Making the MarketReach business cards

The idea for the business cards was prompted by a thought from the client, MarketReach, initially. Their positioning thought is We believe In The Power Of Real Things and had thought about producing cards with images of their consutants' favourite objects on the back. Some of these objects were quite obscure (like a lipstick) and extended the connection with Real Things almost beyond a connection with print and thus mail.

We wanted to make a clearer connection with print, mail and more importantly, maximise the medium of business cards in thier crucial function as an introduction.

What we wanted to capture was the twinkle in the eye that comes when people talk about their personal passions. Essentially, people succeed in sales positions because of the force of their personality–people buy people. It was also an opportunity to convey the indivuality of the people within the structure of the organisation.

The project was kicked off by interviewing the consutants to get to what made them happy and provided their own personal fulfillment. It was easy to tell when we'd discovered it–you could see it their eyes–and that's what we wanted to capture for them in front of their customers.

With that, it was a question of identifying the signifying object and an appropriate material that would work as a business card. More interesting was that it wasn't necessary for the connection between passion, object and material to be obvious. Ultimately, these are conversation-starters and it's up to the consultants to explain the connection (we briefed them on the techniques used to make them).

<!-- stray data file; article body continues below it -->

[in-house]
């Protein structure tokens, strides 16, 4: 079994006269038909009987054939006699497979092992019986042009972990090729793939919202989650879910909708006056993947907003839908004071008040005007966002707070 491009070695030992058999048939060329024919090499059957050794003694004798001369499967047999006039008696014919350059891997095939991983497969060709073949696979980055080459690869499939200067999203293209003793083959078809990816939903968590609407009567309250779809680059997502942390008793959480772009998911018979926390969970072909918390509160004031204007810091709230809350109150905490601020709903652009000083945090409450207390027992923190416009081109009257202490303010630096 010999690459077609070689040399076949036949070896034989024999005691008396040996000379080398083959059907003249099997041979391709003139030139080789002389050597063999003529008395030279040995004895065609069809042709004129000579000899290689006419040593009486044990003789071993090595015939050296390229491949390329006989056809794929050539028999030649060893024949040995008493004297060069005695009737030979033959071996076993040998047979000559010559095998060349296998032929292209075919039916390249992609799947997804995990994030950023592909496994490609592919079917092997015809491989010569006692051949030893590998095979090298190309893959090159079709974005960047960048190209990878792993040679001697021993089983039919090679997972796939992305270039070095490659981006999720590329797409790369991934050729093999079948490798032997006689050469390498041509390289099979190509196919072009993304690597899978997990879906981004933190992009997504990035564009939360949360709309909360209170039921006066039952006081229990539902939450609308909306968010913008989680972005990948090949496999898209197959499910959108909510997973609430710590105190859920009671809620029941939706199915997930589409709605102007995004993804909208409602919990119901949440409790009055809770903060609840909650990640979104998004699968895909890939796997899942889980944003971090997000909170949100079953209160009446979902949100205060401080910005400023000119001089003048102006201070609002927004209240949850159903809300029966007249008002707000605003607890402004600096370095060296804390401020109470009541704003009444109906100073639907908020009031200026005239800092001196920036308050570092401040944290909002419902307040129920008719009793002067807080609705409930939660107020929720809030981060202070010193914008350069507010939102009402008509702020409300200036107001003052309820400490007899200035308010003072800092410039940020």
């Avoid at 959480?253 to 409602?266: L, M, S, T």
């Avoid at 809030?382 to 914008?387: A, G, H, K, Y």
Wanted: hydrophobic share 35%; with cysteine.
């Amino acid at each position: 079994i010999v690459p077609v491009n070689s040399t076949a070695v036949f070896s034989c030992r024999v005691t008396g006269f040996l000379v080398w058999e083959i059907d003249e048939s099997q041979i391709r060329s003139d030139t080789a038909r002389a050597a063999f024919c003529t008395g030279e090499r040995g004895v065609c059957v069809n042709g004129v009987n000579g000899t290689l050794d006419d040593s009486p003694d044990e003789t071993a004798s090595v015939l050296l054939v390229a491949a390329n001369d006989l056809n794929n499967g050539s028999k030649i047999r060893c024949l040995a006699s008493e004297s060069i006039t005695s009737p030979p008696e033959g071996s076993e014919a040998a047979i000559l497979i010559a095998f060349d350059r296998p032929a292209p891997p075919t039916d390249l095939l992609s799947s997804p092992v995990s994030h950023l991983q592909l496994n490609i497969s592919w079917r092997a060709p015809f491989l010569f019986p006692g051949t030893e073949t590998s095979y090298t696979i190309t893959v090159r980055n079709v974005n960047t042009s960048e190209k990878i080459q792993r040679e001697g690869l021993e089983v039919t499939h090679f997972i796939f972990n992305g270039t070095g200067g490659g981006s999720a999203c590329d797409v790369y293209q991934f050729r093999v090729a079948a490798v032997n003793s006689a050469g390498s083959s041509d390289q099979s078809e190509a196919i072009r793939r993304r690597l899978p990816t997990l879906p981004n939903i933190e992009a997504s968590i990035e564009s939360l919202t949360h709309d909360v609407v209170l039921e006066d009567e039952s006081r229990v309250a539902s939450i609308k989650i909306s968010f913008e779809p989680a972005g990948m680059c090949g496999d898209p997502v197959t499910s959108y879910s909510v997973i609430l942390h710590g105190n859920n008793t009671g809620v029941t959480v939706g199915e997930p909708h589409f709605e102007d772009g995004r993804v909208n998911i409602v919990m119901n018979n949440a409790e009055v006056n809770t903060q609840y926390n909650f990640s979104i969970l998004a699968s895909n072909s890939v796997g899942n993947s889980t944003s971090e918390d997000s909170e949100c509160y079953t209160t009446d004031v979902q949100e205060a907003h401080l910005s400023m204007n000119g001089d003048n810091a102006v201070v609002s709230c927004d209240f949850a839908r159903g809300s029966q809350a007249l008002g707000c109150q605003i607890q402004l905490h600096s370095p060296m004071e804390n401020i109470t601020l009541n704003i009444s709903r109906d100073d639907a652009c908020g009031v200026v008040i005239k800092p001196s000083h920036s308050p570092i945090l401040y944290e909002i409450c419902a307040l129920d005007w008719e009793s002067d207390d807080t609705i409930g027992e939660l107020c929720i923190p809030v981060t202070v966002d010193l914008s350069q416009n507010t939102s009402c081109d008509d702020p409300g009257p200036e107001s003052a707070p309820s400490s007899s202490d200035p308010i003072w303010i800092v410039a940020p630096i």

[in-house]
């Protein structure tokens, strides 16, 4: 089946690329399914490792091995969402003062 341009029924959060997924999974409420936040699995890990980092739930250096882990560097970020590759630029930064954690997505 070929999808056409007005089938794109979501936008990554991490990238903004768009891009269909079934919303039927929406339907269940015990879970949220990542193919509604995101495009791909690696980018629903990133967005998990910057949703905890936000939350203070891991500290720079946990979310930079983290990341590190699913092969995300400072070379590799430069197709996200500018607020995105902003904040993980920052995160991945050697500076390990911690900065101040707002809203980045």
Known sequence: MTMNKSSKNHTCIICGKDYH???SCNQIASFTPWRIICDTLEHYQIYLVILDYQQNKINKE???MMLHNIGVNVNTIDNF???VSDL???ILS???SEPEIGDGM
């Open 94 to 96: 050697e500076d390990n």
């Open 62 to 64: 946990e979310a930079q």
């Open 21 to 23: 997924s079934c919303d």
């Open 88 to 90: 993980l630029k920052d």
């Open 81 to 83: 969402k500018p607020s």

Then it was a question of making them. This involved sourcing materials and finding suitable print and manufacturing techniques. The diversity of materials meant a lot of phone calls, mostly to people I don't know and often involving asking them to do something outside of their normal activities. 

Ultimately, this project was an exercise in trial-and-error. We took risks on trying things that hadn't been done and, crucially, because we had authority over both the concept and the production execution, we were able to make big changes to how they were produced without having to revert to the client or an external designer–had we have done, the project would have taken months, not weeks to deliver.